Key performance indicators are more than a way for coffee shop franchise owners to measure whether they’re meeting specific benchmarks. KPIs function as a way to develop systems and people that enable franchisees to achieve their unique business goals and keep them operating in a manner that supports strong unit-level economics.
At PJ’s Coffee, our franchise owners look at their stores’ performance based on a variety of metrics, but there are a few that stand out from the rest as those that serve as strong indicators of a successful coffee shop. They include:
Cost of Goods, Labor and Top-Line Sales
“Top-line budget is always going to be the No. 1 metric when operating a business,” said Bill DiPaola, chief operating officer at PJ’s Coffee. “This includes cost of goods, labor percentages and overall top-line sales.”
- Cost of Goods – This metric reflects how much it costs to make each item on the menu. Franchisees can use this number to help adjust inventory levels, as well as better determine prices for menu items.
- Labor Percentages – This number showcases how much of a coffee shop owner’s revenue is going toward paying employees. The percentage is labor divided by sales, and it helps you understand if you’re over or understaffed during specific day parts and resolve a variety of other staffing questions.
- Top-Line Sales – This figure gives franchisees an understanding of their gross sales – without deducting prime costs, which include COGs and labor costs. In short, it highlights a coffee shop’s effectiveness at selling items off the menu, and it should be analyzed alongside bottom-line sales, or gross profit, to get a better picture of operational efficiencies.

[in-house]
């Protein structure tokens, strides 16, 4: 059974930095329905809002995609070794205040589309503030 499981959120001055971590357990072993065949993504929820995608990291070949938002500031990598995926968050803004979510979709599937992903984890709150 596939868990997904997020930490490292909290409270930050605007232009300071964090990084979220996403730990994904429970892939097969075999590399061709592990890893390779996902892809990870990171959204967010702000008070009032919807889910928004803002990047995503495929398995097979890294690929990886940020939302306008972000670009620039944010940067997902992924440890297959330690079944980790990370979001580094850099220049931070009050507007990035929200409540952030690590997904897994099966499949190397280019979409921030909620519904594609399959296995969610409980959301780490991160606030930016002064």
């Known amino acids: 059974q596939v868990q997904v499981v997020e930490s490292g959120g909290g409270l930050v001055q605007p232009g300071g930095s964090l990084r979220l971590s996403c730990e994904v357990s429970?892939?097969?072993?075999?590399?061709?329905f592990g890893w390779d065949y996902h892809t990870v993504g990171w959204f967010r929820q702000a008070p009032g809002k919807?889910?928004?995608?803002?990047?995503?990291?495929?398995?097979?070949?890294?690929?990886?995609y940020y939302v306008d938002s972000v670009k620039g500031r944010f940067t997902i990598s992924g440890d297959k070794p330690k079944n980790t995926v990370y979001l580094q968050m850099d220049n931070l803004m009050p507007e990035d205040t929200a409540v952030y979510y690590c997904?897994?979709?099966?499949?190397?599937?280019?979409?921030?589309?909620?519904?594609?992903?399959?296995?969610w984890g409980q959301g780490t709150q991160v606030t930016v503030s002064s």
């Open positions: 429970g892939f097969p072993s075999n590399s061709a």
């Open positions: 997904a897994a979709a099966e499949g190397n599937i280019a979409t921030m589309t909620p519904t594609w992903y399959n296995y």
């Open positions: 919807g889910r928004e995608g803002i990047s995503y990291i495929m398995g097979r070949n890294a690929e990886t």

And while these are obviously the most important KPIs to track in the back office, the natural next step in providing coffee shop franchise owners with the technology necessary to control each of these metrics.
Tools to Track Coffee Shop Franchise Performance
At PJ’s Coffee, we use an inventory control management system and an employee labor management tool to help franchisees both measure and control COGs and labor, which helps manage the margins between sales and profits.
At the same time, these tools help enable professional development at the team level by giving staff the tools and experience that can help them potentially advance to a managerial position.
“It’s not just about the numbers,” said Bill. “It’s the system that helps deliver that key performance indicator.”
Every franchisee has staff who will use these tools and they’ll be able figure out theoretical versus actual costs, as well as inventory variance. These are tactical, applicable skills that help employees grow and enable the franchisee to develop a team that drives strong unit-level economics and opens up opportunities down the road to expand into multi-unit ownership.
Another key KPI for our franchisees is loyalty system participation. This helps coffee shop owners understand whether they’re growing their customer base and if their existing customers see and internalize the business’s value proposition.
“The more participation we have, the more engaged we feel our customer base is,” Bill noted. “And that tends to correlate with a rise in sales.”
Taking a More Consultative Approach
One pivot that our corporate team has made is moving away from an operations consultant focus – who typically ran through a quality assurance checklist – to a franchise business consultant framework in which the individual helps guide franchisees through their business challenges.
“I’ve personally spent time with franchisees going over their profit and loss statements, listening to their concerns about food costing and marketing, and addressing them head on,” said Bill.
In other words, the consultants are on-site working hand in hand with our franchisees, get to know the owner and spend time getting to know the rhythms of their business on a highly localized level.